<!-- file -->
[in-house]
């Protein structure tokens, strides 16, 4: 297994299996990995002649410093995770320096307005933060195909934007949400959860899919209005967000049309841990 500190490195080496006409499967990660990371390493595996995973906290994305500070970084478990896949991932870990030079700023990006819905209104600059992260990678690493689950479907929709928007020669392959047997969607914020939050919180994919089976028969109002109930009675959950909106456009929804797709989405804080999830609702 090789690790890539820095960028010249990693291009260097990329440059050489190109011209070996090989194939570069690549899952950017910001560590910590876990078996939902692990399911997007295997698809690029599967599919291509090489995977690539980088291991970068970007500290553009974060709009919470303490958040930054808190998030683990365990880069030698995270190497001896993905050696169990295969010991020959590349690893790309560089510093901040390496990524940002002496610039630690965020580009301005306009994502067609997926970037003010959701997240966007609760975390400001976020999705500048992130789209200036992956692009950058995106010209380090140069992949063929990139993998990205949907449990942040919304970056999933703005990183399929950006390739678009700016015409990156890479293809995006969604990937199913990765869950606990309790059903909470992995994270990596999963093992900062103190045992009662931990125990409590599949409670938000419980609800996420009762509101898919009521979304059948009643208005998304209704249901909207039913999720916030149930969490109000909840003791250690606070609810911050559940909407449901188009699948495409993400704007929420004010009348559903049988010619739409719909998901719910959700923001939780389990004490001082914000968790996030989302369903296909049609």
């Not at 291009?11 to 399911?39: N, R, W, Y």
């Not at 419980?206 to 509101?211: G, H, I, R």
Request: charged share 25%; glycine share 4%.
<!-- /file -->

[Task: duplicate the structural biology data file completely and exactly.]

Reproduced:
[in-house]
């Protein structure tokens, strides 16, 4: 297994299996990995002649410093995770320096307005933060195909934007949400959860899919209005967000049309841990 500190490195080496006409499967990660990371390493595996995973906290994305500070970084478990896949991932870990030079700023990006819905209104600059992260990678690493689950479907929709928007020669392959047997969607914020939050919180994919089976028969109002109930009675959950909106456009929804797709989405804080999830609702 090789690790890539820095960028010249990693291009260097990329440059050489190109011209070996090989194939570069690549899952950017910001560590910590876990078996939902692990399911997007295997698809690029599967599919291509090489995977690539980088291991970068970007500290553009974060709009919470303490958040930054808190998030683990365990880069030698995270190497001896993905050696169990295969010991020959590349690893790309560089510093901040390496990524940002002496610039630690965020580009301005306009994502067609997926970037003010959701997240966007609760975390400001976020999705500048992130789209200036992956692009950058995106010209380090140069992949063929990139993998990205949907449990942040919304970056999933703005990183399929950006390739678009700016015409990156890479293809995006969604990937199913990765869950606990309790059903909470992995994270990596999963093992900062103190045992009662931990125990409590599949409670938000419980609800996420009762509101898919009521979304059948009643208005998304209704249901909207039913999720916030149930969490109000909840003791250690606070609810911050559940909407449901188009699948495409993400704007929420004010009348559903049988010619739409719909998901719910959700923001939780389990004490001082914000968790996030989302369903296909049609």
């Not at 291009?11 to 399911?39: N, R, W, Y």
């Not at 419980?206 to 509101?211: G, H, I, R």
Request: charged share 25%; glycine share 4%.